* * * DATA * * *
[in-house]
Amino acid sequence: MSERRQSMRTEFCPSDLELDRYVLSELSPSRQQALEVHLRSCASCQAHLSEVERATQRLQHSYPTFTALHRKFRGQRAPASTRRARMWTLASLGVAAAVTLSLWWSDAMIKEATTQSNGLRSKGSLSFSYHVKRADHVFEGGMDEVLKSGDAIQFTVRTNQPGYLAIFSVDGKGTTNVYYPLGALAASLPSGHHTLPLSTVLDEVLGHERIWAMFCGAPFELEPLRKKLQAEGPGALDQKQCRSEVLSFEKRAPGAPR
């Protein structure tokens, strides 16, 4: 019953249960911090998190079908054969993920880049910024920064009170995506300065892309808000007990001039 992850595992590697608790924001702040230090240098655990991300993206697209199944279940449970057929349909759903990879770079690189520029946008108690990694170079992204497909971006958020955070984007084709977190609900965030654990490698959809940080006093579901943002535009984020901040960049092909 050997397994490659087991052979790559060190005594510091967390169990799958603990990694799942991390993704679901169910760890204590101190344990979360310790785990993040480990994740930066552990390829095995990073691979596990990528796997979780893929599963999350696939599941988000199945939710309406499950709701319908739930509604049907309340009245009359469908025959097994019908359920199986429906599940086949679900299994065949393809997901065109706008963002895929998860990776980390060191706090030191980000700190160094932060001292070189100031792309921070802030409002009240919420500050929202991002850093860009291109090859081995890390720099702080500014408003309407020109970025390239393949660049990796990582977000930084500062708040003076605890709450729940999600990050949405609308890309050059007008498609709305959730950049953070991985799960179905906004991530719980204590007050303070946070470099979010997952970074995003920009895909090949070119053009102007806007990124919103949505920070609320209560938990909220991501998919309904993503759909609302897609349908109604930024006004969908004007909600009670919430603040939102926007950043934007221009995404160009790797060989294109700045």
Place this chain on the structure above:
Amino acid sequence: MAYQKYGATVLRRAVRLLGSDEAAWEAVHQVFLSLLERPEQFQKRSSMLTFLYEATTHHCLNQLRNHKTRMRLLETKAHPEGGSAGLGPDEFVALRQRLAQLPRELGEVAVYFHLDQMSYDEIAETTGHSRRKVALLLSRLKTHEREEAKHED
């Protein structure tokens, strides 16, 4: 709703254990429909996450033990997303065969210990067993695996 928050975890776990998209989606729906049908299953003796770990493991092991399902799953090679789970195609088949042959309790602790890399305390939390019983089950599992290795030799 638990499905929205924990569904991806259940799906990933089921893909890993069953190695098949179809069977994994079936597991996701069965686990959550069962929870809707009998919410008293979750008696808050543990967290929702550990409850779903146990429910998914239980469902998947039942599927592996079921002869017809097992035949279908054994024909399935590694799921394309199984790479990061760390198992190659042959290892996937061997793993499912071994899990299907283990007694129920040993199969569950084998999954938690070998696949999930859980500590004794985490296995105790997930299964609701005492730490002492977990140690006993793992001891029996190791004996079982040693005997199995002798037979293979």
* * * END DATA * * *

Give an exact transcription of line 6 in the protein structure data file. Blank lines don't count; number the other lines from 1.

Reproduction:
């Protein structure tokens, strides 16, 4: 709703254990429909996450033990997303065969210990067993695996 928050975890776990998209989606729906049908299953003796770990493991092991399902799953090679789970195609088949042959309790602790890399305390939390019983089950599992290795030799 638990499905929205924990569904991806259940799906990933089921893909890993069953190695098949179809069977994994079936597991996701069965686990959550069962929870809707009998919410008293979750008696808050543990967290929702550990409850779903146990429910998914239980469902998947039942599927592996079921002869017809097992035949279908054994024909399935590694799921394309199984790479990061760390198992190659042959290892996937061997793993499912071994899990299907283990007694129920040993199969569950084998999954938690070998696949999930859980500590004794985490296995105790997930299964609701005492730490002492977990140690006993793992001891029996190791004996079982040693005997199995002798037979293979």